At the close of the 20th century, by far the most tumultuous time in human history, a mood of celebration prevailed. Great excitement was in the air, largely due to the overheated economy, and the electronics industry had been right in the middle of it. There seemed to be no end to the technological progress we'd achieved and the wealth that came along with it.
But before Federal Reserve Board Chairman Alan Greenspan could say "irrational exuberance," the economy nose-dived. The Internet's promise to transform society and commerce had yet to fulfill itself in a manner that met the stock market's high expectations. As the nation anxiously awaited the outcome of the most hotly contested presidential election in its history, the bears took control of Wall Street and dotcoms became dot-bombs. Then the horror of 9/11 took its toll, delivering a blow from which the world still reels.
Through it all, the technology that had driven the economy churned along. It never really let us down and it still hasn't. Thanks to the enhanced productivity that technology brings and the freedom it grants us to work and play on our own terms, it remains our best hope for recovery.
Connectivity still reigns supreme. But now its watchword is "wireless." Our information-centric economy depends on our ability to access our networks from wherever we may find ourselves with ever-increasing bandwidth. The most recent update of the wireless Ethernet standard brings data rates to 54 Mbits/s. Wireless networks are proliferating rapidly, freeing us from the tyranny of the desktop and enabling us to roam at will without losing our ties to file servers and Internet gateways.
To most people, wireless means the cell phone in their pockets. The current 2.5G technology, General Packet Radio Service (GPRS), provides data rates to 115 kbits/s. We should see 3G technology in the next year or two, providing high-speed e-mail and Internet connectivity via cell phone. Don't worry, though. You'll still be able to talk on the new handsets. Voice communication remains the killer application for cellular in the foreseeable future.
Networking can't be all wireless, though. Optical fiber-based networks have wormed their way throughout most metro areas with bandwidths spiraling to the terabit range. They're just in time, too, as media conglomerates line up to provide video-on-demand and other services that will eat bandwidth in huge gulps.
Realization of the true power of connectivity will come as more of our homes and offices are endowed with broadband connections to the Internet backbone. Fiber-to-the-home connections would be ideal, but for now, cable modems and DSL connections will become more pervasive. Applications like video conferencing, voice-over-broadband telephony, interactive gaming, and others will drive the penetration of broadband.
Now that we have begun to reap the benefits of ubiquitous connectivity, we must deal with changes that it makes. The entertainment industry, providers of so much of the content that will stream across the fiber networks, is ever mindful of piracy, causing a reshaping of the relationships between artists, audiences, and the media companies that distribute that content. For consumers, the Internet age has meant placing a degree of blind trust in technology. That trust has been slow to develop, as growth in e-commerce hasn't taken off as expected in the late nineties. Improvements in secure Web servers have helped and will continue to instill confidence in consumers to take their business online.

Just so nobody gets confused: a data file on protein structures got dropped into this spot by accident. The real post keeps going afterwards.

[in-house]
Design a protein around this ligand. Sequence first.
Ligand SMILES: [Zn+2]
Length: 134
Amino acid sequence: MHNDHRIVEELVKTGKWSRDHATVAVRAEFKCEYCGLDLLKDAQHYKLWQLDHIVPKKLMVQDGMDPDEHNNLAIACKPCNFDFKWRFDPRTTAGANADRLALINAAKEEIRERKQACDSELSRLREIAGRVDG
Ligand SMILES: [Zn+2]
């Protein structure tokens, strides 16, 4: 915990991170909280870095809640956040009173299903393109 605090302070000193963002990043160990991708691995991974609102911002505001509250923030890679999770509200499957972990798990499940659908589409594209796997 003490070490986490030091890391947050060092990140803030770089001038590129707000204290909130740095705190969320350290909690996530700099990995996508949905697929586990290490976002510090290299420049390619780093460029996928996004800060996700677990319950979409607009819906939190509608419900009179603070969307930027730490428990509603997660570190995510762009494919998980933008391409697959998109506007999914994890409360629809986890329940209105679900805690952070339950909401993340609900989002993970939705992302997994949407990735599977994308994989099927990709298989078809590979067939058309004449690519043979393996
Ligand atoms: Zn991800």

As always, the technology behind the Web and the infrastructure that makes it possible doesn't come out of a vacuum. Designers have more to work with than ever before. The design process itself is changing yet again. Methodologies for the creation of enormous systems-on-a-chip (SoCs) are evolving toward higher levels of abstraction. In the labs, test instrumentation has become software-definable, morphing into different kinds of instruments through the download of application-specific measurement templates. Design for manufacturability is a must: Product lifecycles are too short to allow any miscues.
With silicon fabrication technology heading below 100 nm, ICs continue to astound us with the level of integration. Process advancements have brought us to microprocessors running at gigahertz clock rates. Memories continue to improve, with 4-Gbit SDRAMs on the way.
New ferroelectric memory technologies promise to do away with the lifespan limitations of flash memory. Reprogrammable logic is making its way onto standard-cell and full-custom ASICs, giving designers wiggle room to customize logic after fabrication. Standing behind all of these technologies are continuing advances in power management and battery technology that will enable our cell phones, PDAs, and pocket PCs to run longer and on lower voltages.
The hallmarks of the electronics age have been two-pronged: information processing and communications. Together these disciplines have totally transformed the world, making it much smaller and faster paced. In certain respects, during the 50-year lifespan of Electronic Design, it has come full circle: Wireless was king 50 years ago in the form of radio, and it has taken the throne again today. But this time, wireless is a proactive technology. Back then, we passively received information that was broadcast to us by others. Today, we're in the driver's seat, using the tools at our disposal to reach out for information that we need. The sources for that information are as many as are the means for accessing it.
It took man many thousands of years to go from caves to the modern era, while it took less than 10 years from an American president's challenge to put a man on the moon. Consider the progress in the past five decades, from vacuum tubes to transistors, microprocessors, computers, and a global communication network. It seems that only our imaginations can limit us.